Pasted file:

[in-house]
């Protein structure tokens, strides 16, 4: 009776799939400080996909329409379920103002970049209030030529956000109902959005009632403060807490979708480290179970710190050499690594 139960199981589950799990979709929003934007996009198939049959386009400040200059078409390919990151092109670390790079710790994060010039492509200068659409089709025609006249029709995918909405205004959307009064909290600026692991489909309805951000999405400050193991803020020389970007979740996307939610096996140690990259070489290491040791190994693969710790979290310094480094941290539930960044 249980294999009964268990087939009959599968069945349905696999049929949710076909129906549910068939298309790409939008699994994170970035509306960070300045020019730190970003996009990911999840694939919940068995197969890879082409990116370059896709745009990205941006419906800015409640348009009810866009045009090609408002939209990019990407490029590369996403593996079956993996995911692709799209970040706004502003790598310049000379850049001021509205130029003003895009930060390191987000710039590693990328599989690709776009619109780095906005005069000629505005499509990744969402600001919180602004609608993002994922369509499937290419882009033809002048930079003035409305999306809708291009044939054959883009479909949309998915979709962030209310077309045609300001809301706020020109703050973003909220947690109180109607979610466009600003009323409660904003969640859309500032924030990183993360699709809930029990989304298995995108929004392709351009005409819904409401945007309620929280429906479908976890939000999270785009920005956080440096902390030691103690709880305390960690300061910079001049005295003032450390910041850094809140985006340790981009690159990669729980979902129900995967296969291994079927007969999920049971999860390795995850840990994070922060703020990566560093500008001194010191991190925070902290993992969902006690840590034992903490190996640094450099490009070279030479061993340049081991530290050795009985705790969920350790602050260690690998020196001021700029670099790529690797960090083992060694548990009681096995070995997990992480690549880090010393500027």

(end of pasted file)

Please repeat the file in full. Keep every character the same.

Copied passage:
[in-house]
């Protein structure tokens, strides 16, 4: 009776799939400080996909329409379920103002970049209030030529956000109902959005009632403060807490979708480290179970710190050499690594 139960199981589950799990979709929003934007996009198939049959386009400040200059078409390919990151092109670390790079710790994060010039492509200068659409089709025609006249029709995918909405205004959307009064909290600026692991489909309805951000999405400050193991803020020389970007979740996307939610096996140690990259070489290491040791190994693969710790979290310094480094941290539930960044 249980294999009964268990087939009959599968069945349905696999049929949710076909129906549910068939298309790409939008699994994170970035509306960070300045020019730190970003996009990911999840694939919940068995197969890879082409990116370059896709745009990205941006419906800015409640348009009810866009045009090609408002939209990019990407490029590369996403593996079956993996995911692709799209970040706004502003790598310049000379850049001021509205130029003003895009930060390191987000710039590693990328599989690709776009619109780095906005005069000629505005499509990744969402600001919180602004609608993002994922369509499937290419882009033809002048930079003035409305999306809708291009044939054959883009479909949309998915979709962030209310077309045609300001809301706020020109703050973003909220947690109180109607979610466009600003009323409660904003969640859309500032924030990183993360699709809930029990989304298995995108929004392709351009005409819904409401945007309620929280429906479908976890939000999270785009920005956080440096902390030691103690709880305390960690300061910079001049005295003032450390910041850094809140985006340790981009690159990669729980979902129900995967296969291994079927007969999920049971999860390795995850840990994070922060703020990566560093500008001194010191991190925070902290993992969902006690840590034992903490190996640094450099490009070279030479061993340049081991530290050795009985705790969920350790602050260690690998020196001021700029670099790529690797960090083992060694548990009681096995070995997990992480690549880090010393500027």